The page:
Parents, don’t concern yourself with giving your kids the very best. That’s the last thing they need. Feed them. Don’t let them out of the house naked. Make sure they wear shoes in the wintertime. Bring them to church and school. Love them, play with them, forgive them when they mess up and ask their forgiveness when you mess up.

Parenting is not rocket science; it’s not even science. It’s just doing ordinary stuff to make sure these little people under your care are, in fact, cared for. People have been doing this since, like, the dawn of time, amazingly without reading a single book about How to Be an Extraordinary Parent.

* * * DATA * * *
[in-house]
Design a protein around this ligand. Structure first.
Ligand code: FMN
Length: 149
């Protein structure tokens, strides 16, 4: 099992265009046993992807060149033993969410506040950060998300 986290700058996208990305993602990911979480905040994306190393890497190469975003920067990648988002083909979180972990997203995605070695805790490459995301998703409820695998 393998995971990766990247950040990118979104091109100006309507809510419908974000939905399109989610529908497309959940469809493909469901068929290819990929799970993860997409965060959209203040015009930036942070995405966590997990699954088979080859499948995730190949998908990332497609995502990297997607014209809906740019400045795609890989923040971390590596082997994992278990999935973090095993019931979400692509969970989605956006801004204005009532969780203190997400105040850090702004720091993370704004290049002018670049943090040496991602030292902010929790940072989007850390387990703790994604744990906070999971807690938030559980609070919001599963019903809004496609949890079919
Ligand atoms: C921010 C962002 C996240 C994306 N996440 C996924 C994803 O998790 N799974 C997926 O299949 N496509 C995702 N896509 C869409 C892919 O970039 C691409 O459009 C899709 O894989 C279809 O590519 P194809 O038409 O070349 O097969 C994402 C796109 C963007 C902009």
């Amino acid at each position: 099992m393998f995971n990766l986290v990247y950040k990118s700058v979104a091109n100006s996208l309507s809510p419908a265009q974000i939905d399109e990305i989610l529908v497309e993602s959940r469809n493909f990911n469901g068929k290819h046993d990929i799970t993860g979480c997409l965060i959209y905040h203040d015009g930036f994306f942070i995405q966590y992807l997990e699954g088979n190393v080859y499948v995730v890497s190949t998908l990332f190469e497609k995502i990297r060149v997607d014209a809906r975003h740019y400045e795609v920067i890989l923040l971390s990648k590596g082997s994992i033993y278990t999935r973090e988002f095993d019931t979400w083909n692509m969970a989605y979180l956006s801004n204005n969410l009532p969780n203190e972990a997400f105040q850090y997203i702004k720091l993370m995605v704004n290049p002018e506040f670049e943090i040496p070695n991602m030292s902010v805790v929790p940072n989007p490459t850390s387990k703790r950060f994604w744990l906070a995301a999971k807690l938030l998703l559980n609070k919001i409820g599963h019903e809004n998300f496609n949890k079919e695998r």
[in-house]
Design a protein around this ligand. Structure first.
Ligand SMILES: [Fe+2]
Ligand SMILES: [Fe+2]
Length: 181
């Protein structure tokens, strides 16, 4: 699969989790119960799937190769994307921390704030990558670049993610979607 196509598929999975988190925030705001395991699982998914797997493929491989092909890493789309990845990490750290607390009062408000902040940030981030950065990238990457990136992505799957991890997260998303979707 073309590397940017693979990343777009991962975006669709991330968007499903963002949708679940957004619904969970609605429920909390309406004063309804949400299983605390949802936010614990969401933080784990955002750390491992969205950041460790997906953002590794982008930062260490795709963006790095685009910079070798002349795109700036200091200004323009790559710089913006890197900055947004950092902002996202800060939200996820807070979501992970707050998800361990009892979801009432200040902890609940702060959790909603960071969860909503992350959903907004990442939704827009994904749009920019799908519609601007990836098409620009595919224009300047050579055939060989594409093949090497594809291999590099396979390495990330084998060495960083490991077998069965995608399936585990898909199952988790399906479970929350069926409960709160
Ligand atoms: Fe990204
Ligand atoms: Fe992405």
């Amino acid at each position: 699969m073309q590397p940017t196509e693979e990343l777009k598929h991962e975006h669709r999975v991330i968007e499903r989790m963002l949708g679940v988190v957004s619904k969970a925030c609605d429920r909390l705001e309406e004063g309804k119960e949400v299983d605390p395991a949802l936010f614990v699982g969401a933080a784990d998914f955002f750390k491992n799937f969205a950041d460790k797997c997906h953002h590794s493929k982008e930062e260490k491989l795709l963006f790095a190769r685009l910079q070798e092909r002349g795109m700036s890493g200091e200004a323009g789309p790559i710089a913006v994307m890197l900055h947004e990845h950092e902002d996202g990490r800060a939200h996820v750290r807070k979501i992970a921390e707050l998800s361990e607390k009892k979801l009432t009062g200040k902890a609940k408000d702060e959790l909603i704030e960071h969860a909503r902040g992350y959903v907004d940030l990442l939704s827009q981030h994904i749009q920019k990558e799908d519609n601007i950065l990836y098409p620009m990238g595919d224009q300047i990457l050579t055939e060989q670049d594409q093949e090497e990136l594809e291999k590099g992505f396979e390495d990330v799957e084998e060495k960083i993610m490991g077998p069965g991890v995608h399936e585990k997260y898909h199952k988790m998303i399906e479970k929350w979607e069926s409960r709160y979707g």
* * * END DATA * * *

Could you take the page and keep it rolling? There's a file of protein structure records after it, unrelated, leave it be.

It is OK to be ordinary. God hides Himself in the ordinary. Jesus appeared ordinary. There was nothing to attract us to Him, nothing that we should desire Him (Isaiah 53:2). Yet, hidden under His ordinariness was the very Son of God. Hidden in human flesh and blood was our children’s Savior – and our Savior. Hidden upon a criminal hanging on a Roman cross was our soul’s salvation.

Jesus continues to hide Himself in the ordinary. He hides His salvation in the water of Baptism. He hides His body and blood in the bread and wine of the Lord’s Supper. He hides his almighty power and divine strength in the written and spoken words in our Bibles. He hides His forgiveness in the audible sounds in the absolution of sins.

Parents, let the D.C. and Marvel characters wear their capes. They can be the superheroes. All you need to do is be ordinary. And let your children come to Jesus. They can find their extraordinary Savior hidden in the ordinary. You don’t have to be the perfect parent. Jesus was perfect so that you can be merely OK. Amen.